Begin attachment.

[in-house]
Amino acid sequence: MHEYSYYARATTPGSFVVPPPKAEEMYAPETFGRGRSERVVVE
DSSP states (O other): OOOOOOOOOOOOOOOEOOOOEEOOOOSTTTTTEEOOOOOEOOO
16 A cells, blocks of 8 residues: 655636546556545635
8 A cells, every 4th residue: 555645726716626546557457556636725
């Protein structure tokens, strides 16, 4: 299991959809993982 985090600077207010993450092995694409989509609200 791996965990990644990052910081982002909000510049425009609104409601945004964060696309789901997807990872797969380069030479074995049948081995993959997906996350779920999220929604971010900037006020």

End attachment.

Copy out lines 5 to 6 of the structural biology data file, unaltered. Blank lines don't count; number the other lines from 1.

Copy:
8 A cells, every 4th residue: 555645726716626546557457556636725
């Protein structure tokens, strides 16, 4: 299991959809993982 985090600077207010993450092995694409989509609200 791996965990990644990052910081982002909000510049425009609104409601945004964060696309789901997807990872797969380069030479074995049948081995993959997906996350779920999220929604971010900037006020």